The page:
Stretching, rest can ease elbow, shoulder pain that plagues many young players, studies show
WEDNESDAY, March 10 (HealthDay News) -- In the coming weeks, millions of American children will dust off their bats and gloves and head out to the baseball field.
But the season may end before it's over for many if they don't take steps to prevent the arm injuries that seem to be striking ever younger players, experts say.
New research indicates arm pain among young athletes is on the rise, with one study showing a five-fold increase in serious shoulder and elbow injuries among youth baseball and softball players since 2000.
A study of 152 players aged 8 to 12 by Japanese researchers found that 25 percent complained of elbow pain. Of those, 68 percent had limited range of motion or tenderness of the elbow, while nearly 85 percent had osteochondral lesions, or a tear or fracture of the cartilage around the elbow.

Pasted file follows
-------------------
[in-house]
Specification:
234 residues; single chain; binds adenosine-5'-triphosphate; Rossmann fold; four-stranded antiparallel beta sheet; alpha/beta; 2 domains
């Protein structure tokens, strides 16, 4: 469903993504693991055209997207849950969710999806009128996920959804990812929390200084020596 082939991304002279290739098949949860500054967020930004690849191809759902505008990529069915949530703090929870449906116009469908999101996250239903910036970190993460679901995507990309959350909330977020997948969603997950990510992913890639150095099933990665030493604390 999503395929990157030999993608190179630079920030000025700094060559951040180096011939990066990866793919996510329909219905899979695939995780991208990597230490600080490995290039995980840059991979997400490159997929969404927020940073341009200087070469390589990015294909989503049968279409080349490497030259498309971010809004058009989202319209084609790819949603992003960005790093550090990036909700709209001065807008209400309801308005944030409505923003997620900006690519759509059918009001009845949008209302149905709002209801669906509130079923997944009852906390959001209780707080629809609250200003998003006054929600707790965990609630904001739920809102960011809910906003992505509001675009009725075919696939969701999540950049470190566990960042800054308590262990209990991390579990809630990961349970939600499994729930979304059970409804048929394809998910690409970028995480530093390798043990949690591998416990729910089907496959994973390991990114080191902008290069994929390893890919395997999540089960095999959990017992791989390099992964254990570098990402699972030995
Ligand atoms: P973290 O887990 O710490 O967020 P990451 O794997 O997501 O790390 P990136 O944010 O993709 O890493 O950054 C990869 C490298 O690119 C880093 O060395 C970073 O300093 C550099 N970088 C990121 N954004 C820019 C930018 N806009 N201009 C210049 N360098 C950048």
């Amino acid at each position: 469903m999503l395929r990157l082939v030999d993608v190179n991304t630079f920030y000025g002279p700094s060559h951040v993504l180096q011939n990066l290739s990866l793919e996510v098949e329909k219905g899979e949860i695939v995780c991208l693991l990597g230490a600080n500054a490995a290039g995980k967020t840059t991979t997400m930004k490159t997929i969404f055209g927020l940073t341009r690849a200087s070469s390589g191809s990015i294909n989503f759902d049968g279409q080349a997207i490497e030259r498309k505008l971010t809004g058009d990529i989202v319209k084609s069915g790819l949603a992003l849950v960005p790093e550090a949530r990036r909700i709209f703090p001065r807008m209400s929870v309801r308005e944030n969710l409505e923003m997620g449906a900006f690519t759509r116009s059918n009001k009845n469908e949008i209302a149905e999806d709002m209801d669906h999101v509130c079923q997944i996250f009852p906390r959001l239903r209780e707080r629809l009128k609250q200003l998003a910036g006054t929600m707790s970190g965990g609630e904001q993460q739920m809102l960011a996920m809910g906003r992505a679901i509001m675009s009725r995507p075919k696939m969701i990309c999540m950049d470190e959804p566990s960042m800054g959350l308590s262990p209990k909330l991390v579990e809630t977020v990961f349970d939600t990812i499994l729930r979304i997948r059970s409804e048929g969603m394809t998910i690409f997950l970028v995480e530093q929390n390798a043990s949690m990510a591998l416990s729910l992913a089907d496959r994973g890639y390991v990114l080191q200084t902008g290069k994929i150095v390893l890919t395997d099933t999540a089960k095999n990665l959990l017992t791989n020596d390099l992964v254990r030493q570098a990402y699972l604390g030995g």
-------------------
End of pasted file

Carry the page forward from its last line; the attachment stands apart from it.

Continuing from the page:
More than half of those with injuries were pitchers, 27 percent were catchers and the rest played other positions, according to the study to be presented Wednesday at the American Academy of Orthopaedic Surgeons annual meeting, in New Orleans.
"It's a growing problem," said Dr. Charles Metzger, an orthopedic surgeon specializing in the upper extremities in Houston who was to present his own research at the meeting. "It's very common for younger and younger players to come in with elbow and shoulder pain and miss playing games as a result."
Reasons for the rise in arm injuries include children specializing in a single sport, or even position, at younger and younger ages, leaving them more prone to overuse injuries, said Dr. Michael Schafer, an academy spokesman who spent 23 years as a team orthopedic surgeon for the Chicago Cubs.
Young athletes also play more months out of the year than they used to, said Metzger. In his survey of 1,261 male U.S. players aged 7 to 15, the avera
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